A good play, then, most critics concur, but not one of his best. What is it about, though?
“Miller packs a huge amount of political and psychological matter and natter into this motherlode of reunion and confrontation,” writes Dominic Cavendish (Telegraph, ★★★★★). “Miller’s old-fashioned, schematic construction has helped the play endure, yielding a chest-full of pertinent and painful reflections on the forces that shape us, whether they be familial, financial, or related to our need to ‘fabulate’, embellish our backstories.”
“The play is Ibsen-like in its slow revelation of family secrets and its subtle examination of financial, moral and social debt,” adds Sarah Hemming (Financial Times, ★★★★). “It feels mightily resonant now.”
It’s “strong, absorbing stuff” says Mark Shenton (London Theatre, ★★★★), while Sarah Crompton (WhatsOnStage, ★★★★) observes how “The Price, like so much of the playwright’s work, centres on a family torn apart by compromise and illusion.”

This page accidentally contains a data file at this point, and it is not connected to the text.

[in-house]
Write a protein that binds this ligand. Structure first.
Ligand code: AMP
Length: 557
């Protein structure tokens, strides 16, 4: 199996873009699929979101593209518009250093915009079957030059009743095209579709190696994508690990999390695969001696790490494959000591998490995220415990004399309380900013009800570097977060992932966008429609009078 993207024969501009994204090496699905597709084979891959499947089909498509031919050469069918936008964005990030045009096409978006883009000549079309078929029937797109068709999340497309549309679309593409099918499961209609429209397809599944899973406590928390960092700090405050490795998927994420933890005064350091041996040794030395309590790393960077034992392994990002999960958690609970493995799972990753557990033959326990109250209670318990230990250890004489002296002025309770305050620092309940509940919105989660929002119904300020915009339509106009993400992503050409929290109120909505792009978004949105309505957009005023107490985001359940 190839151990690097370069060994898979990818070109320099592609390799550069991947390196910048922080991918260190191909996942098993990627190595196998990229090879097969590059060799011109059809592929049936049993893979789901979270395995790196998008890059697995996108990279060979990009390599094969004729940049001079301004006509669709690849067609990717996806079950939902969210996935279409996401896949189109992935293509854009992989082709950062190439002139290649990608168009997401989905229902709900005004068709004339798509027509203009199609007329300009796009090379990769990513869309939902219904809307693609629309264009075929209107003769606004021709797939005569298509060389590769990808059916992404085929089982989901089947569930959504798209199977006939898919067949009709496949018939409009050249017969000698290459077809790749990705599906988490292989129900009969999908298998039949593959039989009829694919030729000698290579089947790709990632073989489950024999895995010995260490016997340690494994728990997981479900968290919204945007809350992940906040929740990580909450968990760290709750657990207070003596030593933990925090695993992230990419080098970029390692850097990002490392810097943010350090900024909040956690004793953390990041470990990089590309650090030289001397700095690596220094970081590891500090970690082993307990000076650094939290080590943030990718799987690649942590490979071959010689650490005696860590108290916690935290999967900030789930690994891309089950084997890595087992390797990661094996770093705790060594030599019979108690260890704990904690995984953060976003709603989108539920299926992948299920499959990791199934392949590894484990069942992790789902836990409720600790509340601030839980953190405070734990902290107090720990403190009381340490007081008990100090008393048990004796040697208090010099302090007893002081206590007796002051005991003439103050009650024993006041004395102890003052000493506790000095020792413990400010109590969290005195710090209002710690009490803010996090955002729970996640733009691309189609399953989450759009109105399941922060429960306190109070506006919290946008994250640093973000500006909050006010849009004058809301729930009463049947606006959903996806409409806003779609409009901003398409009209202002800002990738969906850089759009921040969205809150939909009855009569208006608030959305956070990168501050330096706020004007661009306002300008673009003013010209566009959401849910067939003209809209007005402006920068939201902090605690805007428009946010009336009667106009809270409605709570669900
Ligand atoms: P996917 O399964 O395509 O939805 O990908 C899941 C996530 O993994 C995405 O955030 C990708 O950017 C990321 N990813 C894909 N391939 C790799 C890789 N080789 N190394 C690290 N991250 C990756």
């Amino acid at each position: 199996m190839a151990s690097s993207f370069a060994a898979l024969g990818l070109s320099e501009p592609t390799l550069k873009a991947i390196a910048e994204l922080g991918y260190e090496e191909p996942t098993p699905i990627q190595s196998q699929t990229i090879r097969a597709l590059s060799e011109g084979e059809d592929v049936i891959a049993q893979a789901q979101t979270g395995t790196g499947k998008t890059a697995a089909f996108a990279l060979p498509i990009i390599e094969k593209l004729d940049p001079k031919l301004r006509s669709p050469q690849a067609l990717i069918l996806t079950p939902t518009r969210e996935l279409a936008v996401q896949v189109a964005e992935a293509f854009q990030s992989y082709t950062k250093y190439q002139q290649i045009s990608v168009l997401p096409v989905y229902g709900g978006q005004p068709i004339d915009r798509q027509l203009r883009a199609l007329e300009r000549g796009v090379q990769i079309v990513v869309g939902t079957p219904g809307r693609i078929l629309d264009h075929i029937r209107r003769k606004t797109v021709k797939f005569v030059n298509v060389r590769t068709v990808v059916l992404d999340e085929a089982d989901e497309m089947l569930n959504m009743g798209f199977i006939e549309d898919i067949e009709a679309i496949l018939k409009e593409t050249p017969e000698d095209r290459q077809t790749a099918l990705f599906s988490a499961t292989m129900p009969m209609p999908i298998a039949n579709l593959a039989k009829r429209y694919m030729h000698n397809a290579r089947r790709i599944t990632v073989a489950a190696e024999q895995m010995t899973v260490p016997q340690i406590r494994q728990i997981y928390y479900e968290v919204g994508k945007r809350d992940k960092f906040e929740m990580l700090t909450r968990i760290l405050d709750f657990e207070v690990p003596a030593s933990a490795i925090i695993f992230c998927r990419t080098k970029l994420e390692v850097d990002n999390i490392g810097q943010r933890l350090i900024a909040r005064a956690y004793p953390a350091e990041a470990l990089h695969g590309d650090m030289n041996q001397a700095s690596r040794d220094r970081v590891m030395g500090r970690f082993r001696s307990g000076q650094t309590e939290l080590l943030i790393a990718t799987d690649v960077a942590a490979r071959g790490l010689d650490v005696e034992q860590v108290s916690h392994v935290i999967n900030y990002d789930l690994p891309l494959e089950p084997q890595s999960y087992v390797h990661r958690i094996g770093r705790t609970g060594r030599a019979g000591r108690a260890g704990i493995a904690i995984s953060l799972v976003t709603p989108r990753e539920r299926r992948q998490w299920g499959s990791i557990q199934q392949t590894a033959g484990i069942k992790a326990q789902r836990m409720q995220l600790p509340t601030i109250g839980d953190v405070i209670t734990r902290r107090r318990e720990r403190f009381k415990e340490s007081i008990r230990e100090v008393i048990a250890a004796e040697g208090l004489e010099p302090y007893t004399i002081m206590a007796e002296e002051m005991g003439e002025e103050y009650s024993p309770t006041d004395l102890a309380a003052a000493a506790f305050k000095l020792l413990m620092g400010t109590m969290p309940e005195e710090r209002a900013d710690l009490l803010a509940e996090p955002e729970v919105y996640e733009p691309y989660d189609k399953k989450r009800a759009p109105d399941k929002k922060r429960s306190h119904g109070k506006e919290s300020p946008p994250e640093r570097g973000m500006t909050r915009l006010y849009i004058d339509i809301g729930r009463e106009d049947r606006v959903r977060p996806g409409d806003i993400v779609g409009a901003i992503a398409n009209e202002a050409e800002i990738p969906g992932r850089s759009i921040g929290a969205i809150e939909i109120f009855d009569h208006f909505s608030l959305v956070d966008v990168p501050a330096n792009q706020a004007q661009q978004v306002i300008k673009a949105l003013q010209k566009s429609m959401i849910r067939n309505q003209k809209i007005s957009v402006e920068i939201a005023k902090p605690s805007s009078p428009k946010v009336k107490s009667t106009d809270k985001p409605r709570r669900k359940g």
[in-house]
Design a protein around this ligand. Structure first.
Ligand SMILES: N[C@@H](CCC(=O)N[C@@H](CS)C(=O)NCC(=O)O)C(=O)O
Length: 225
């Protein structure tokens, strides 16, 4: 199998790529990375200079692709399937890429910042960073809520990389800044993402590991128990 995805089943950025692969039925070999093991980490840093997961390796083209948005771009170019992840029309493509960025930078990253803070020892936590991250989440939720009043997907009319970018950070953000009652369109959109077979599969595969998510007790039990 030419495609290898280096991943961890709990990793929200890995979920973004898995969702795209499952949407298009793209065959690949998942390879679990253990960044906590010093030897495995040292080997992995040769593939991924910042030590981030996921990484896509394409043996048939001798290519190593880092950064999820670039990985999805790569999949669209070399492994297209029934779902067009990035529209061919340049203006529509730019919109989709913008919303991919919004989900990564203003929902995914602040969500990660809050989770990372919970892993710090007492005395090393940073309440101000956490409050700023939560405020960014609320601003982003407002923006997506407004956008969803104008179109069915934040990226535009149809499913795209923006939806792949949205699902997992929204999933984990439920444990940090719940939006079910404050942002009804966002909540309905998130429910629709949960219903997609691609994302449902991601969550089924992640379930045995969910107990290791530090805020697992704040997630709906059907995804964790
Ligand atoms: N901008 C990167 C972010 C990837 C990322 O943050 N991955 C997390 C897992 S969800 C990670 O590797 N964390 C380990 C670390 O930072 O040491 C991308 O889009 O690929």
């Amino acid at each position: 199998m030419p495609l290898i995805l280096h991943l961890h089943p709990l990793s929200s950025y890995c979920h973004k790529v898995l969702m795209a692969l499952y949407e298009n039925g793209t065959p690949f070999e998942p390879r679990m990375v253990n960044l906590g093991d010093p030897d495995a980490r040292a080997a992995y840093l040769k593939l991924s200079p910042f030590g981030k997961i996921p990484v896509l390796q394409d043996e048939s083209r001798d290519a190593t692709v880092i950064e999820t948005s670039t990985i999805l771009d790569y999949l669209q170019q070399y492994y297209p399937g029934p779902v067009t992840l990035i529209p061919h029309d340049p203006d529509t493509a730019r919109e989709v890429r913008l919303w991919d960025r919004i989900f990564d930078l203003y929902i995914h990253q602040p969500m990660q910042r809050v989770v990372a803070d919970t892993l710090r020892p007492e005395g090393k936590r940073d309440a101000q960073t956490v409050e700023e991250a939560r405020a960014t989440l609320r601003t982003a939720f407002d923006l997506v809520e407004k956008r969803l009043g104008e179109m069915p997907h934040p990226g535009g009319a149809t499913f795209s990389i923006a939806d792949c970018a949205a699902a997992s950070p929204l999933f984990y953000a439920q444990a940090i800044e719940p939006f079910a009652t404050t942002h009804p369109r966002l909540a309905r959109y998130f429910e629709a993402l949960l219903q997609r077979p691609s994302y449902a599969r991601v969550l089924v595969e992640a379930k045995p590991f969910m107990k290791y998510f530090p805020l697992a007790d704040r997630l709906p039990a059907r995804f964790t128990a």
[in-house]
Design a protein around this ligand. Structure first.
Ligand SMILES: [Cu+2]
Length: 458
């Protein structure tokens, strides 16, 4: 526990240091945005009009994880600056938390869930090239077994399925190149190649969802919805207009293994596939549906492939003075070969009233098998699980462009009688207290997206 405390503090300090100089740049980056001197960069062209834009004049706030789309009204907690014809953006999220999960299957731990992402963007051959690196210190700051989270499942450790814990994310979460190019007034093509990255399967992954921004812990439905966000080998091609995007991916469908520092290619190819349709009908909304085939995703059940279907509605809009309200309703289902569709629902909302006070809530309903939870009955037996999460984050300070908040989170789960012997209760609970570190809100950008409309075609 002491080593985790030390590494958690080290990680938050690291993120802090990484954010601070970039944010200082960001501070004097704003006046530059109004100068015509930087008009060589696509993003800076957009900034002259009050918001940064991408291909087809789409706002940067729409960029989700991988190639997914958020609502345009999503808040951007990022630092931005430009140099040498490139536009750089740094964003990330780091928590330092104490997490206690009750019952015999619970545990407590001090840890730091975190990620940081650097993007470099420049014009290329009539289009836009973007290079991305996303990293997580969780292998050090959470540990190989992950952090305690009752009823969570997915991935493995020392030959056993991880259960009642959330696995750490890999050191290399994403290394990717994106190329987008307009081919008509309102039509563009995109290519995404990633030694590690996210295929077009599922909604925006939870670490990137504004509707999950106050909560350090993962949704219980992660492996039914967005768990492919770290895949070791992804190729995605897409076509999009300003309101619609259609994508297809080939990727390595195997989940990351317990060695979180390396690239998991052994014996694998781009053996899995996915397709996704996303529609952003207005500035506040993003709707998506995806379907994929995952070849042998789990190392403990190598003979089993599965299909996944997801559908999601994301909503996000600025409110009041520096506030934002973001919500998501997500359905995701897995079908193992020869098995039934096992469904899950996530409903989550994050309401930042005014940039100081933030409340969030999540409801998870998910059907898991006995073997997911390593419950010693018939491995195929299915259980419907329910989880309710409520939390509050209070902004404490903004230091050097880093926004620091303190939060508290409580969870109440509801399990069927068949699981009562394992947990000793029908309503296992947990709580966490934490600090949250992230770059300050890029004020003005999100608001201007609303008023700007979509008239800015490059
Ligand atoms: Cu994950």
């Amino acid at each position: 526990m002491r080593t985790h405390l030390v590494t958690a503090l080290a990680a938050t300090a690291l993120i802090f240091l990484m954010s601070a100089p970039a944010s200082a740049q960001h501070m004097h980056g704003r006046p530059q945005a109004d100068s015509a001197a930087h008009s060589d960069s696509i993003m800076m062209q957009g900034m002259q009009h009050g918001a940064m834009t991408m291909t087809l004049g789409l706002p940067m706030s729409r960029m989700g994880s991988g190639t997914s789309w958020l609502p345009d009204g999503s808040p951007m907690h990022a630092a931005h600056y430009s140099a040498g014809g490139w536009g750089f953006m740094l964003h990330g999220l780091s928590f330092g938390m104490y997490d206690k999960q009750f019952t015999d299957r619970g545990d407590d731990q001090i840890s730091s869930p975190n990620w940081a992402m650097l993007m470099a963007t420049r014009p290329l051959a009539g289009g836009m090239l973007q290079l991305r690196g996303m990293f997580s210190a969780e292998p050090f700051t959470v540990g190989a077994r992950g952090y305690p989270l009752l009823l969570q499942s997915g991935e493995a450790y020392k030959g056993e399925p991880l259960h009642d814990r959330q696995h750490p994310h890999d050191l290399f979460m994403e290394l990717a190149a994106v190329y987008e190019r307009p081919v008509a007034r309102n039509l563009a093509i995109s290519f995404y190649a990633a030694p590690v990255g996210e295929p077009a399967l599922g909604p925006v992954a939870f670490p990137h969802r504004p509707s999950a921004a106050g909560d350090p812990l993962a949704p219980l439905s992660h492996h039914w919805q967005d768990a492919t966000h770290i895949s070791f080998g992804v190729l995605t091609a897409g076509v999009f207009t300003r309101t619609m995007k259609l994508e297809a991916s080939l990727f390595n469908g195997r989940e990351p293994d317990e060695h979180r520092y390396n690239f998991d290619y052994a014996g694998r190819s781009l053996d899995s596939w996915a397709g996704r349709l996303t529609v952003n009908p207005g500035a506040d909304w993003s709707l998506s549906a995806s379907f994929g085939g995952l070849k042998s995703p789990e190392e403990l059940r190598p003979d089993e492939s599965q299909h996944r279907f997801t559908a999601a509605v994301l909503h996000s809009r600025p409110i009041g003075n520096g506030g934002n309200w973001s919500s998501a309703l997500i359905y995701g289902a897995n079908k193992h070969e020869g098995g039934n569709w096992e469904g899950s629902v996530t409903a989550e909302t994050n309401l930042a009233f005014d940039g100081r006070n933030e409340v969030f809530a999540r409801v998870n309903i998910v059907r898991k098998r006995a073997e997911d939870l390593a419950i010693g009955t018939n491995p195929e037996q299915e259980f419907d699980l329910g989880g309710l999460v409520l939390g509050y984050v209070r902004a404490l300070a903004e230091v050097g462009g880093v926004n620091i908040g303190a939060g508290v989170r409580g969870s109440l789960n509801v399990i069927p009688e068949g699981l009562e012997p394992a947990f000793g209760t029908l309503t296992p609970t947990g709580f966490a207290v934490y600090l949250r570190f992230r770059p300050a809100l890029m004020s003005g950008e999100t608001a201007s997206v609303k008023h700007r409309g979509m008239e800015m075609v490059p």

“Miller’s righteous anger about a system that crushes people by its moral failures seems less like idealistic preaching and more like a prescient reading of the nightly news,” she continues.
David Suchet is best known for playing Agatha Christie’s Hercule Poirot on ITV, but during his long career he has scored successes on the small screen, big screen and the stage on both sides of the Atlantic. Can he rank his appearance here among them?
He definitely can. His performance as octogenarian furniture dealer Gregory Solomon is an “unalloyed pleasure” and a “tour de force to treasure” according to Cavendish, and a “truly great star turn” according to Maxwell.
He’s “suspicious, timid, playful, wise, treacherous, old and young, cycling through all these states and many more in every moment,” writes Bano. “At one point he has the audience in stitches (he’s an incredible comic actor), then, with one tiny line, he silences them. That takes skill.”
“Suchet piles on the irascible charisma, the tics, the storytelling, the avuncular intimacy,” adds Maxwell. “He’s pure comedy, a knowing self-caricature.”
He “has the audience in the palm of his hand from the moment he staggers on stage – shabby, frail and virtually unrecognisable from his sharp-suited Poirot”, writes Claire Webb (Radio Times, ★★★★), while Matt Drake (Express, ★★★) praises his “joyful mixture of slapstick comedy and precision timing” and John Nathan (Metro, ★★★★) calls his performance “well, priceless”.